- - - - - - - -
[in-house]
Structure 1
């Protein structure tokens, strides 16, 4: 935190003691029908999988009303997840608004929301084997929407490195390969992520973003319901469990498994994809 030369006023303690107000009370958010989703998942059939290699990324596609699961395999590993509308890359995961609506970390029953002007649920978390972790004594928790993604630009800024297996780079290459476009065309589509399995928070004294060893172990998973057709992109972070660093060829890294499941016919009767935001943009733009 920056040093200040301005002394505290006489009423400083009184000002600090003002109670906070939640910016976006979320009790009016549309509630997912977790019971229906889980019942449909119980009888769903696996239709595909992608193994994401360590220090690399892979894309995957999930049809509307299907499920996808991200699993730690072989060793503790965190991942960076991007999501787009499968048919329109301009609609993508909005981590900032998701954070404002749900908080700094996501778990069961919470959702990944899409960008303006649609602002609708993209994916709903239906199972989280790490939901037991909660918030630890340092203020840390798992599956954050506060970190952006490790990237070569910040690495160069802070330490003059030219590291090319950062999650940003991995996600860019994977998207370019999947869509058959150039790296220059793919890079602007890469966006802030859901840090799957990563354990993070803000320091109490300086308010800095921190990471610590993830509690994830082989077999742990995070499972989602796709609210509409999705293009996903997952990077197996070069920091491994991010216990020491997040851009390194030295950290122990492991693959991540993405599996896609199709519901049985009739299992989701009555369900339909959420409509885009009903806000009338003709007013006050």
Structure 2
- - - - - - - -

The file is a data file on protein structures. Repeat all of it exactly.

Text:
[in-house]
Structure 1
């Protein structure tokens, strides 16, 4: 935190003691029908999988009303997840608004929301084997929407490195390969992520973003319901469990498994994809 030369006023303690107000009370958010989703998942059939290699990324596609699961395999590993509308890359995961609506970390029953002007649920978390972790004594928790993604630009800024297996780079290459476009065309589509399995928070004294060893172990998973057709992109972070660093060829890294499941016919009767935001943009733009 920056040093200040301005002394505290006489009423400083009184000002600090003002109670906070939640910016976006979320009790009016549309509630997912977790019971229906889980019942449909119980009888769903696996239709595909992608193994994401360590220090690399892979894309995957999930049809509307299907499920996808991200699993730690072989060793503790965190991942960076991007999501787009499968048919329109301009609609993508909005981590900032998701954070404002749900908080700094996501778990069961919470959702990944899409960008303006649609602002609708993209994916709903239906199972989280790490939901037991909660918030630890340092203020840390798992599956954050506060970190952006490790990237070569910040690495160069802070330490003059030219590291090319950062999650940003991995996600860019994977998207370019999947869509058959150039790296220059793919890079602007890469966006802030859901840090799957990563354990993070803000320091109490300086308010800095921190990471610590993830509690994830082989077999742990995070499972989602796709609210509409999705293009996903997952990077197996070069920091491994991010216990020491997040851009390194030295950290122990492991693959991540993405599996896609199709519901049985009739299992989701009555369900339909959420409509885009009903806000009338003709007013006050």
Structure 2